Wolverhampton unsigned band METHODS talk about new single
What do you get if you cross David Bowie and Joy Division? - METHODS.
No, this isn't a nonsensical joke. It's the shared love of two iconic British musical institutions that brought five disenchanted players together to give this band lark one last go.
Getting together in 2015, the initial plan didn't even involve gigging. For frontman Ash Bradley, a 37-year-old postman from Wolverhampton, it was just about getting the creative juices flowing that he missed so much.
"I was happy never to play a gig again," he admits. "I'd been in bands before and I had done all that. I was just happy to write and experiment.
"It was our producer Gavin Monaghan who convinced me. He told me we couldn't hide this stuff away for ever and we had to get out and play it."
Gavin knows what he is talking about. The Magic Garden Studios mogul has worked with the brightest lights this region has to offer - Editors, Scott Matthews, Robert Plant, OCS, The Twang and JAWS have all sampled his expertise.
So Ash relented. And he and his fellow Wulfrunians Ryan Deakin on guitar and Jon Nash on keys can now showcase what they have created alongside Hednesford bassist Adam Hall and drummer Pete Bates, from Salford in Greater Manchester.
"It started in February last year at the O2 Institute in Birmingham," continues Ash. "And we've played a few places and are arranging our biggest show for August 18. It's at Newhampton Arts Centre and we've got The Jack Fletcher Band supporting. It's our own night, we're doing everything ourselves.
"We are looking for another local act and we'll put a bit of a good night on. We also want to bring local music fans something different so we're going to bring along someone from out of town, too."
There will also be a DJ set from The Twang's Phil Etheridge.
It will be a chance for them to play some new material, such as the single Fires which is released everywhere today. Described by Ash as a 'softer song, a lovey-dovey tune', it will be available on all electronic platforms and there will be physical copies available at their upcoming shows too.
"We decided to set up our own record label, Hellhole Records, as a platform to release our own music," adds guitarist Ryan.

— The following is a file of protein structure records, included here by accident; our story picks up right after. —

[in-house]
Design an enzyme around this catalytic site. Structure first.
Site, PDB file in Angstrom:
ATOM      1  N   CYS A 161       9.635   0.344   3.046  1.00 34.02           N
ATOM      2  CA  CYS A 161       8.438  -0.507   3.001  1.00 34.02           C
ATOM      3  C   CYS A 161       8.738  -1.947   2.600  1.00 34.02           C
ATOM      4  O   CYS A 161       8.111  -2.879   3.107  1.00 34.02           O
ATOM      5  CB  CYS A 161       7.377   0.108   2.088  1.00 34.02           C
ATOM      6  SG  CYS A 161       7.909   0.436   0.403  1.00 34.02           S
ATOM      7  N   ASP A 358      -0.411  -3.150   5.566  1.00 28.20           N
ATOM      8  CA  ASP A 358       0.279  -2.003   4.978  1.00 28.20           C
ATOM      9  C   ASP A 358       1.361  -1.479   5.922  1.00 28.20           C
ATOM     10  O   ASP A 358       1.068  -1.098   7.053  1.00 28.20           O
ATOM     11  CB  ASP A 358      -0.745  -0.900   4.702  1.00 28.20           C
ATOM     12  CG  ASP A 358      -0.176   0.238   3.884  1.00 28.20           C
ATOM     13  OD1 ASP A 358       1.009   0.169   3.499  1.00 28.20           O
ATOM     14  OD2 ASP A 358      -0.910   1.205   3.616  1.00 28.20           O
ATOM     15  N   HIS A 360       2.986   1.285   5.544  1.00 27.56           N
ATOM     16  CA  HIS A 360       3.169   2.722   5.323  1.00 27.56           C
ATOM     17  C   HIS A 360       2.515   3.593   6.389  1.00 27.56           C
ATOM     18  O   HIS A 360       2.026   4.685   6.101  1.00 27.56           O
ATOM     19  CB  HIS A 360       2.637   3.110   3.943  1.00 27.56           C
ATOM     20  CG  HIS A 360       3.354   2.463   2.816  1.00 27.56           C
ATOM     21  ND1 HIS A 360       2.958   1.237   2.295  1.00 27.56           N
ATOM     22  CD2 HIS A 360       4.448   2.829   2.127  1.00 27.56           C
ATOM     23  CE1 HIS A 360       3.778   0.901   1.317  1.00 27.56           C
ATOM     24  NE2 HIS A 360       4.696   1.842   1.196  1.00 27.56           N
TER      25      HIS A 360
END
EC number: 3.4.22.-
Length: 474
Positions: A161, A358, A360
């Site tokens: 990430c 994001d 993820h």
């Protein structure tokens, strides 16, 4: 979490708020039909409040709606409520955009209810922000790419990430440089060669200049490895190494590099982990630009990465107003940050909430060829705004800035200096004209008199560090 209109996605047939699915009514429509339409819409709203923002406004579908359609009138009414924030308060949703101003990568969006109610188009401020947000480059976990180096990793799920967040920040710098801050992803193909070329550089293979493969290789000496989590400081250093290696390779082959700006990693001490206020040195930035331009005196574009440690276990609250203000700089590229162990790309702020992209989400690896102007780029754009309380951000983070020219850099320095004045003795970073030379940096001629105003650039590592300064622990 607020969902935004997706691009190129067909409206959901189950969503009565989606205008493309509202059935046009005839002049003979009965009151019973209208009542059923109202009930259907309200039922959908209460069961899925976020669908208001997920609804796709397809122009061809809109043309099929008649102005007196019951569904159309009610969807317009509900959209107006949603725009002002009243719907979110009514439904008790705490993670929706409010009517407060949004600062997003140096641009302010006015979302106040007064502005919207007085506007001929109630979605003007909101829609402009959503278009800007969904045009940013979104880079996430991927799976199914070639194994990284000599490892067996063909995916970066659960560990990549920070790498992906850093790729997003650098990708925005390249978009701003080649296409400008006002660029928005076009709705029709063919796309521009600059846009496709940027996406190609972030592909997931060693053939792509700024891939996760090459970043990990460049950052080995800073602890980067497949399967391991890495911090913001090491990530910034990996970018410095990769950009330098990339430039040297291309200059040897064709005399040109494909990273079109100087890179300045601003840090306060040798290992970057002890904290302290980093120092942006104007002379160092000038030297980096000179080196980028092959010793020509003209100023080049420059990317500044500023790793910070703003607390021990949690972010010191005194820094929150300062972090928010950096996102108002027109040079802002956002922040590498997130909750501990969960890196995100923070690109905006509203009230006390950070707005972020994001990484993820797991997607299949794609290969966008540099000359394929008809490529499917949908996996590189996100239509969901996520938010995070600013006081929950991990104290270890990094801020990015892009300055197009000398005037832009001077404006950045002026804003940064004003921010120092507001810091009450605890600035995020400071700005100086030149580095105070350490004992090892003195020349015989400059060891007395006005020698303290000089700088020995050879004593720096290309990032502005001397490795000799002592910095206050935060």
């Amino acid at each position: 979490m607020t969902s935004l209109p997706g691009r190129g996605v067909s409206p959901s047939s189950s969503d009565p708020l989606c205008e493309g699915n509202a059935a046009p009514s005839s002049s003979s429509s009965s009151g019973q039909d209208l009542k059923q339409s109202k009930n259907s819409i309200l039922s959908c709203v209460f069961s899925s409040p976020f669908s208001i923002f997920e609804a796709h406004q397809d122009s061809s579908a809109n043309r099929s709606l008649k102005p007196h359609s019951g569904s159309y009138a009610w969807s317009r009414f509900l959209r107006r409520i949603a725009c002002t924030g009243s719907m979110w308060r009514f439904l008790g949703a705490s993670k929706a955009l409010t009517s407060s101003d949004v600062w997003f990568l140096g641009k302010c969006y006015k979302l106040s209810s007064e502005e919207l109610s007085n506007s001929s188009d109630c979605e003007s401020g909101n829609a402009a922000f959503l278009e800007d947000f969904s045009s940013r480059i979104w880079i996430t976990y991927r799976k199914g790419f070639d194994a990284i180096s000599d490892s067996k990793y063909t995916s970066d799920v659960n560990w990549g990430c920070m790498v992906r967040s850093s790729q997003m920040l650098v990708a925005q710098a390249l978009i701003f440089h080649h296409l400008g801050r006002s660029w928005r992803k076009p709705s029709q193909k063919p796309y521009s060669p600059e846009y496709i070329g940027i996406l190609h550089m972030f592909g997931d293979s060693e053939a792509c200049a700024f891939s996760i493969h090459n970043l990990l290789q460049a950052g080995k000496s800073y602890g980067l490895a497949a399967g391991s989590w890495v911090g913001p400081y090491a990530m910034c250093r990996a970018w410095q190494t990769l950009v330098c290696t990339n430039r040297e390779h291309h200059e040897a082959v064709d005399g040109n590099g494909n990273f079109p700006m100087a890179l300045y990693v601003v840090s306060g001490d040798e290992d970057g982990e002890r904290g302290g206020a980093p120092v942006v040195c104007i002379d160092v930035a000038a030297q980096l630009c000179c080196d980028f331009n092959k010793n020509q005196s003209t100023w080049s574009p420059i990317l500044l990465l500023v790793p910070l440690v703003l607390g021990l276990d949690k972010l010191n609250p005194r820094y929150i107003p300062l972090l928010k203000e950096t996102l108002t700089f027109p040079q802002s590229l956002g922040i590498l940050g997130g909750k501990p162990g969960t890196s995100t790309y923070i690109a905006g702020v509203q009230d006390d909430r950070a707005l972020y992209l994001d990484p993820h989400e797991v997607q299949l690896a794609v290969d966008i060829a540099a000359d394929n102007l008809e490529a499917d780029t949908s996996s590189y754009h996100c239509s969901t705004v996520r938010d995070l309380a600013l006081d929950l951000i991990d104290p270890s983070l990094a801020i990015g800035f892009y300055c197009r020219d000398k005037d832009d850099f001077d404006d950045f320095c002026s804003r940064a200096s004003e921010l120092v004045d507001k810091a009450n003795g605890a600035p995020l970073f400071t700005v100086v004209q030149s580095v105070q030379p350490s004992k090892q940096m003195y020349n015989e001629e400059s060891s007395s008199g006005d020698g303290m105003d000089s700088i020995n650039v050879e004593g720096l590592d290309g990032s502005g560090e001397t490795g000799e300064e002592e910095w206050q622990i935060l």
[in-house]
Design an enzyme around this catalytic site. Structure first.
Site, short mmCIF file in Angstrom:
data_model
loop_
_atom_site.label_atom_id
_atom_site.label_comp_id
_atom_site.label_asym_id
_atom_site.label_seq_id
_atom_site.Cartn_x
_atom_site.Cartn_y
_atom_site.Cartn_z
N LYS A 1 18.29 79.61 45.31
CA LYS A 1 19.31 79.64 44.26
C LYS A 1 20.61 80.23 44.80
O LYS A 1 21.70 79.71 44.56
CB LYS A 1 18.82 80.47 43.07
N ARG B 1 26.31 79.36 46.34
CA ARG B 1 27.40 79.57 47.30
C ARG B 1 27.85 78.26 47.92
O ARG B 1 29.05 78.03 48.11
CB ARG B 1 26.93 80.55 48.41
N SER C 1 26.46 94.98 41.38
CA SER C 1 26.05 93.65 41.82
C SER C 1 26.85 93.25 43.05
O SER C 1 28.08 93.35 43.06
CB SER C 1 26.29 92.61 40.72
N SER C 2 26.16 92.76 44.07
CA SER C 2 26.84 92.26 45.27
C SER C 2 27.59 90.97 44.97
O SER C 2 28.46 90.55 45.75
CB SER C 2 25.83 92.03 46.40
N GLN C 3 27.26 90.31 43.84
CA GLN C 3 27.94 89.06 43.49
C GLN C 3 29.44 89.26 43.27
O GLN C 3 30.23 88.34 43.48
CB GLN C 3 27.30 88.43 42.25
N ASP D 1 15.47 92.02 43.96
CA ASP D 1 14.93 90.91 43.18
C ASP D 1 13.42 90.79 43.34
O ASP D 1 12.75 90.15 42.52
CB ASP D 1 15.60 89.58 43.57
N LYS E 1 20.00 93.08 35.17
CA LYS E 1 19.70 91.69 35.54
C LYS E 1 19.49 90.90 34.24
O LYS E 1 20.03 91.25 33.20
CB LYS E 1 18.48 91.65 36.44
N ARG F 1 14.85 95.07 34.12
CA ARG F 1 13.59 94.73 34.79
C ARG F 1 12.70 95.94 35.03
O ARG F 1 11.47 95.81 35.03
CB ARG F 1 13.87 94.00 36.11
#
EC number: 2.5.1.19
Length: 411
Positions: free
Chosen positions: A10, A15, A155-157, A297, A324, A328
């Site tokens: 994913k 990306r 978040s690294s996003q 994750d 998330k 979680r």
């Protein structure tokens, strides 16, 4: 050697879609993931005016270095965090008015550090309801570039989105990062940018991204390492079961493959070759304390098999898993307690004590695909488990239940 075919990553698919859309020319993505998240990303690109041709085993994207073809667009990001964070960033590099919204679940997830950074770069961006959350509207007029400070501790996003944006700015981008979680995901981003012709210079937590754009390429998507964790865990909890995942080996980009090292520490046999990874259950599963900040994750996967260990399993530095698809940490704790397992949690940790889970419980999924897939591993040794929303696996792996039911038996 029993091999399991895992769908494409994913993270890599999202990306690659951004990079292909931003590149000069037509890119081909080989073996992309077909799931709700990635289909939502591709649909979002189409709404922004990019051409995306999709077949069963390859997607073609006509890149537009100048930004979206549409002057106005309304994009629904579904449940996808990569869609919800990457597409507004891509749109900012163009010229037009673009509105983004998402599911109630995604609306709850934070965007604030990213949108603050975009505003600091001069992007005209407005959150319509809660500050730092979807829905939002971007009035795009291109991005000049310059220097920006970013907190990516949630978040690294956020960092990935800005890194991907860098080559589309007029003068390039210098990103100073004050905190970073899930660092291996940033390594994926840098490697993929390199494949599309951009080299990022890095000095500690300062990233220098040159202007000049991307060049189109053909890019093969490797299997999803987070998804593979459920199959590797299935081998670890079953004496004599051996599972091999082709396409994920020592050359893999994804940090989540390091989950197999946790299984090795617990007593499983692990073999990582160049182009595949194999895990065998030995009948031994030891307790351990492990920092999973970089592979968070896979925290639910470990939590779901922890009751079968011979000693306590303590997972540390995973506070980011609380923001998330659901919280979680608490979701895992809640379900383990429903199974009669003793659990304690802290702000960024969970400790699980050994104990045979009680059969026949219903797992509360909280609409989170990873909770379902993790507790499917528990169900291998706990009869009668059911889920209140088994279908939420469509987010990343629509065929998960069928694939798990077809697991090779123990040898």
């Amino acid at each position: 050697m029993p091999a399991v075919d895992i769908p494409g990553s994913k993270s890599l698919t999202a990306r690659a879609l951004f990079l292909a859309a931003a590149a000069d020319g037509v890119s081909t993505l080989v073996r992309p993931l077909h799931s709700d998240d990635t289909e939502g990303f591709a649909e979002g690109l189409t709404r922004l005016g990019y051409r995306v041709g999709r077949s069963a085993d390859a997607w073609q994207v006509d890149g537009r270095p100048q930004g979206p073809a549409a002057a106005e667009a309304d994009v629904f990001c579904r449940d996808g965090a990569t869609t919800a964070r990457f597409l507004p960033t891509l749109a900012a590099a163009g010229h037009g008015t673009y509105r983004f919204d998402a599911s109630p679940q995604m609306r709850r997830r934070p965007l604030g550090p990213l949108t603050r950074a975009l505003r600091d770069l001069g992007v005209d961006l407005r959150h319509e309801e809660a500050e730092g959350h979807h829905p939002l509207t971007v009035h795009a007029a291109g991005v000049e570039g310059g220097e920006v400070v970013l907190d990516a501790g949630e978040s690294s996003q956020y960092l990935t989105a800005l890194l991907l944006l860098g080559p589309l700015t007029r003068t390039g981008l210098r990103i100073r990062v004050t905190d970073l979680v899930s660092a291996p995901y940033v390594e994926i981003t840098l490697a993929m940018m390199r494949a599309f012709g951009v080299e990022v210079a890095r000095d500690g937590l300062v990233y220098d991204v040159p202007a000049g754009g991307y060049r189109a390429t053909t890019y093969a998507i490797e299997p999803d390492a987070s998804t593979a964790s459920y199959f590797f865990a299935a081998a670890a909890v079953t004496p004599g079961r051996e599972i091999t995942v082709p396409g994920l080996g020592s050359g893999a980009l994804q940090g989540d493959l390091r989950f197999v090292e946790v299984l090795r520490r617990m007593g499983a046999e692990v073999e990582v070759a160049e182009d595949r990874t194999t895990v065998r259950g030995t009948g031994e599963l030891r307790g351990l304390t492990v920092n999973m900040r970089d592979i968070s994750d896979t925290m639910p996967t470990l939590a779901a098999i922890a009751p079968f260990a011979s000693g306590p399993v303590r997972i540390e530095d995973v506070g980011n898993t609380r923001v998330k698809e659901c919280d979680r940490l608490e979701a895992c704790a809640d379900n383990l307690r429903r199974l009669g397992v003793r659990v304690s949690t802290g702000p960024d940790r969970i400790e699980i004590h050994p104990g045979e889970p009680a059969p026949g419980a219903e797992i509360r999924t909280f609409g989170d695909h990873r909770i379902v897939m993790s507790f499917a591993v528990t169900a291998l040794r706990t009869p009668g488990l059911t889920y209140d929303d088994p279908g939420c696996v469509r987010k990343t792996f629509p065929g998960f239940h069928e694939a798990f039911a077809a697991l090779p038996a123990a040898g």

"Fires will be the first single proper to be released through the record label. It's a tune we wrote in 2017. Fires has a dark death disco beat, but still manages to be deeply emotional and bitter-sweet.
"It’s centred around the break-up of a relationship, two people that have grown apart, and captures the raw emotions perfectly."
So what can newcomers expect when attending METHODS' Newhampton show?
"There's a lot of quality on show for your money, and a great venue," Ryan adds. "If you are sick of the drab and mundane, and going through the motions, METHODS in the height of summer will blow you away."
Ash describes their stage presence as 'quite intense'. "I don't mean it to be," he says, "that's just what comes out.
"I can't write happy lyrics, and to use one of the great rock clichés I just love a bit of rebellion. We just want it all to be about kicking back against the fat cats."
And so back to that sound. Bowie and Joy Division seem a curious mix, but they are keen to point out they are so much more than just tributes to two acts.
"We locked ourselves away for three years, experimenting with raw rhythmic drums, 50s drone guitar and electronic sounds," Ryan says. "This is all pieced together with Ash’s darkly urban vocals.
"After a few mesmerisingly frantic live performances, it became clear that we had a scary energy that the average band do not posses."
Ash agrees. "Me, Ryan and Nash all love that synth, post-punk sound of the early 80s," he says. "Pete is a bit older than us and is from that era. He saw the bands at the time. We took that and added the love of Bowie, particularly the Berlin period, the Iggy Pop period.
"We have those big guitars and the early synth sounds. My lyrics are just on the top of that."
More releases are also planned later in the year, so their record label can expect to be busy even if they don't currently plan on promoting other artists due to the time constraints.
"We'll be back in the studio soon," says Ash. "There'll be another single or two by the end of the year and then we'll be working to an EP. We've got five or six songs we could release and at the moment it's a toss up between two which one is next."
METHODS also have another local show before the Newhampton date. On July 21, they top the bill at Birmingham's Actress & Bishop for the Rebel Against Cancer night alongside The Jack Fletcher Band, Kelly Underwood, Underground Empire, Young Chasers and The Brazen. The proceeds from this one go to charity.
They also recently dropped in at Birmingham's Raw Sound TV's 'wicked little studio' to record some live material, which can be viewed on their social media feeds.
"We've also got London and Leeds shows pencilled in as we have relationships with people there," Ash adds. "We'll just kick on and do what we do.
"It's all moving in the right direction. We've had some good online reviews from blogs.
"Some people say the lyrics aren't inspiring or whatever, but then they're not really meant to be. It's mostly good feedback, which is great."
METHODS can be found on Twitter @methodsmusik, Instagram @Methodsofficial and Facebook @methods2. For updates and to get tickets for the Newhampton Arts Centre date or Actress & Bishop gig, or to register an interest in playing on the bill at Newhampton, visit www.methodsmusic.co.uk
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